Some part-time physicians are willing to take reduced call coverage commensurate with their reduced amount of time in the office. In the example described above with the six rheumatologists, the half-time rheumatologist may take call one in every 11 nights and weekends, while the five full-time rheumatologists take call two in every 11 nights and weekends. Alternatively, if a practice has sufficient call coverage with its full-time physicians, it may permit the part-time physician to forgo call responsibility. The practice, however, may reduce the physician’s compensation.
Although a physician may be employed only part time, the employer may want to protect its patient base by including restrictive covenants such as noncompetition and nonsolicitation clauses in the physician’s employment agreement. A part-time physician must be careful that restrictive covenants do not jeopardize his or her other career objectives. In the example of Dr. A working part time for both ABC Medical Group and XYZ Medical Group, a noncompetition clause in Dr. A’s employment agreement with ABC Medical Group could prohibit Dr. A from working at another practice, including XYZ Medical Group.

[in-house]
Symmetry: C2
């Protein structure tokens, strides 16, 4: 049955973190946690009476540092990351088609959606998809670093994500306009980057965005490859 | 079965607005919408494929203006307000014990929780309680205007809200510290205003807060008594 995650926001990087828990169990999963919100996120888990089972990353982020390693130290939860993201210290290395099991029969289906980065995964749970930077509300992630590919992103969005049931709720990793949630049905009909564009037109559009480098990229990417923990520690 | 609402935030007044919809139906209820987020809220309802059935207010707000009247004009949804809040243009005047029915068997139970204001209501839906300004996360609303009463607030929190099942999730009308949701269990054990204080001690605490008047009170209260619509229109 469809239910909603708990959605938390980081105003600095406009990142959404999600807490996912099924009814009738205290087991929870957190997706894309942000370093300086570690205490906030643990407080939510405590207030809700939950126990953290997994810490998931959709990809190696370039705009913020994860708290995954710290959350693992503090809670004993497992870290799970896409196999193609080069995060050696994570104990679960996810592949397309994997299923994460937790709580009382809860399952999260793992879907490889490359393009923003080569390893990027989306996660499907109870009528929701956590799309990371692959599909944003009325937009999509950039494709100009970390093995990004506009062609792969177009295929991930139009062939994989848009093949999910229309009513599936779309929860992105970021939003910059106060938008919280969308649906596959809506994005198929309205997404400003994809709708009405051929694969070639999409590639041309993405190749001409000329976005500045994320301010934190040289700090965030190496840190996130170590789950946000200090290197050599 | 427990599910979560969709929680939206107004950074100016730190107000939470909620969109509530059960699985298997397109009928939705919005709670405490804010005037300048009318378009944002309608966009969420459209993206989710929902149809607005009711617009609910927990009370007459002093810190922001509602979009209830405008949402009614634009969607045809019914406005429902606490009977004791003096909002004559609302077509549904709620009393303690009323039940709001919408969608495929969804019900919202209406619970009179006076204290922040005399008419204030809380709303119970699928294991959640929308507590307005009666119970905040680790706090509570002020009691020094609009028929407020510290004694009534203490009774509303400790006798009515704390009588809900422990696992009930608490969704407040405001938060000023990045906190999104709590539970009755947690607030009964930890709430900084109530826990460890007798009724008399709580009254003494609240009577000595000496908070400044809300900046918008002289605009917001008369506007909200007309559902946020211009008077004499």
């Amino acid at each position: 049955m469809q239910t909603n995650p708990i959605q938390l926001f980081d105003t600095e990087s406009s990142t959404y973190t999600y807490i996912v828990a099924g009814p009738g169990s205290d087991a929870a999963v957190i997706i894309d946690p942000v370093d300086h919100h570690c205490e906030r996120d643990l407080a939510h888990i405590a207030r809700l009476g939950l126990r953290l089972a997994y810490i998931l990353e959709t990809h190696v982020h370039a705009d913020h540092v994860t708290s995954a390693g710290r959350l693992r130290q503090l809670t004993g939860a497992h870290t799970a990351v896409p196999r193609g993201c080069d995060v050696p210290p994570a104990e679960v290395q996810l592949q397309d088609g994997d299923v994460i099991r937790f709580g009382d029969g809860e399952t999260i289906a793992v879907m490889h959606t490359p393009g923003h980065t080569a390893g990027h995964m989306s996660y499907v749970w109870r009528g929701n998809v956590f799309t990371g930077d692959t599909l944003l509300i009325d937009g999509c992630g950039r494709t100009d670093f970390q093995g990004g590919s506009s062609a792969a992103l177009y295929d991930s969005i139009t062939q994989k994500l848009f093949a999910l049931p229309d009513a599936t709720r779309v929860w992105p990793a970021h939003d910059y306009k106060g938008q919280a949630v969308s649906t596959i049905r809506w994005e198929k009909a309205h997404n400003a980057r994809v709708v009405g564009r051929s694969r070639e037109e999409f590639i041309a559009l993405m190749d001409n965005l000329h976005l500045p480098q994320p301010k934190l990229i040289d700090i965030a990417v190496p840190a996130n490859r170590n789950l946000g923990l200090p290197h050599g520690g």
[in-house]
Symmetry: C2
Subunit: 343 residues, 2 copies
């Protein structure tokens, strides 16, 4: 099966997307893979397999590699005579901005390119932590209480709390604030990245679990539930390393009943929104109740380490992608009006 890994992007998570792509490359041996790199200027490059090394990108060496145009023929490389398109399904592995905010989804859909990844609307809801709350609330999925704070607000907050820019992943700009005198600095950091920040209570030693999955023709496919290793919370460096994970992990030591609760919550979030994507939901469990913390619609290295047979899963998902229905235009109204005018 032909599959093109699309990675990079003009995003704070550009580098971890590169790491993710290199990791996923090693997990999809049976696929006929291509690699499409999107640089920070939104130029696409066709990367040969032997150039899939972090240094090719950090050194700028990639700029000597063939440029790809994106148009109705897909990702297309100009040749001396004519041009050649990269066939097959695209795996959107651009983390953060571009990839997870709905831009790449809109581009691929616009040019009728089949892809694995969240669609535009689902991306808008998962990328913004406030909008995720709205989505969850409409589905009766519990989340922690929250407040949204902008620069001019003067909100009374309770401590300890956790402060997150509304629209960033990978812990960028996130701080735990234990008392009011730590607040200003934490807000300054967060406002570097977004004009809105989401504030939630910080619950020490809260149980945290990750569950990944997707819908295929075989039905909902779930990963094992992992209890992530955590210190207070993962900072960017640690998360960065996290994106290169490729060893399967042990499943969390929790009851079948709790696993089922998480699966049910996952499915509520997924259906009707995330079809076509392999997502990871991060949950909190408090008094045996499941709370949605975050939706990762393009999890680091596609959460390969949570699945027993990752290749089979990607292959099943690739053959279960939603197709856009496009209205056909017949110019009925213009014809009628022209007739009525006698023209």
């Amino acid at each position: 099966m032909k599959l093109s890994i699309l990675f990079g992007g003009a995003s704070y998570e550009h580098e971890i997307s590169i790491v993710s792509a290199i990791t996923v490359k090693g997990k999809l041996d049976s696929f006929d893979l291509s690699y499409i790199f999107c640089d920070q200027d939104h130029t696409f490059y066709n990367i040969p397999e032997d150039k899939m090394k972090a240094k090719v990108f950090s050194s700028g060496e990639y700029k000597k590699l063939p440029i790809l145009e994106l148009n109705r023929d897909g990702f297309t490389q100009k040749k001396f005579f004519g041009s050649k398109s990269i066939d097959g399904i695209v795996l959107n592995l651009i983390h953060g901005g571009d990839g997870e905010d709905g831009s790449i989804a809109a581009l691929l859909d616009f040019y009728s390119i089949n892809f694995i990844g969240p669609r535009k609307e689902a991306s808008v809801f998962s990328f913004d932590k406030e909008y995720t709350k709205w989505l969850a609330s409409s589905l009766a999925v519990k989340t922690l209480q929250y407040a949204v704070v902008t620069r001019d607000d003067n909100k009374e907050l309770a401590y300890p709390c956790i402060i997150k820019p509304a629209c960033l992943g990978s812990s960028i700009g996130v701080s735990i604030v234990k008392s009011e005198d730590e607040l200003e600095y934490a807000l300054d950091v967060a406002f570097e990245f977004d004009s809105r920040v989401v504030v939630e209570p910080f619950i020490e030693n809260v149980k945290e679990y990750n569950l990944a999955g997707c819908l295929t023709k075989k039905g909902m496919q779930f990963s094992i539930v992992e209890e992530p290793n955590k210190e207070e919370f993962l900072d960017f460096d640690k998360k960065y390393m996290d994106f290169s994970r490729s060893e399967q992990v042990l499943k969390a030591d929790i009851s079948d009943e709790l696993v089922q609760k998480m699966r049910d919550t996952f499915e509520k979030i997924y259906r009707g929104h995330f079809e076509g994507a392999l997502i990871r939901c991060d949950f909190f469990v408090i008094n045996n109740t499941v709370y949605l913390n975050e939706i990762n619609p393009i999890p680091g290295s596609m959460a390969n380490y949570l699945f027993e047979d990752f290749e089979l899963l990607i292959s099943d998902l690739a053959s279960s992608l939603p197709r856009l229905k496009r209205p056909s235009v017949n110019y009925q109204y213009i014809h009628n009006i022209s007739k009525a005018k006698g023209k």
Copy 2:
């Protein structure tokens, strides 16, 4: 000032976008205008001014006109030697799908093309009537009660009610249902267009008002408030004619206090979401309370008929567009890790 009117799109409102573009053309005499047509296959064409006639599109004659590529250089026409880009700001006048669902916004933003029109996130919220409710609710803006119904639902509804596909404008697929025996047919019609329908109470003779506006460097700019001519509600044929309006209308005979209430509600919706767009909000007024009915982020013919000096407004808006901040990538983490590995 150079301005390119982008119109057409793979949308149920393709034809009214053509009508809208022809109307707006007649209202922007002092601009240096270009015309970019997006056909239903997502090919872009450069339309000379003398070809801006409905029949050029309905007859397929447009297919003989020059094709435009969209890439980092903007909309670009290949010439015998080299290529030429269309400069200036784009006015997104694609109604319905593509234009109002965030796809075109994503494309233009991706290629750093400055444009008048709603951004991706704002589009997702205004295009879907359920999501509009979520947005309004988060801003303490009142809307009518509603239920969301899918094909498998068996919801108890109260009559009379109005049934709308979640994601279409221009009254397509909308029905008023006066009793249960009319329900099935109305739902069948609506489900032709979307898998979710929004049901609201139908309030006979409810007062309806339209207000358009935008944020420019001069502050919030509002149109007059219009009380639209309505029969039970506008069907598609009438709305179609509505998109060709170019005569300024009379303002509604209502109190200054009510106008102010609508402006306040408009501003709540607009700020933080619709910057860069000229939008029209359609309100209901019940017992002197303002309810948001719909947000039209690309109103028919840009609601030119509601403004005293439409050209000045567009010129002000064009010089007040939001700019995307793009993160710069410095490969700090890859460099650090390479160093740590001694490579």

Retaining part-time physicians is increasingly attractive for private practices and hospitals, and part-time work is increasingly attractive for physicians. These situations show just a few of the provisions that affect the part-time physician relationship and should be reflected in the physician’s employment or independent contractor agreement.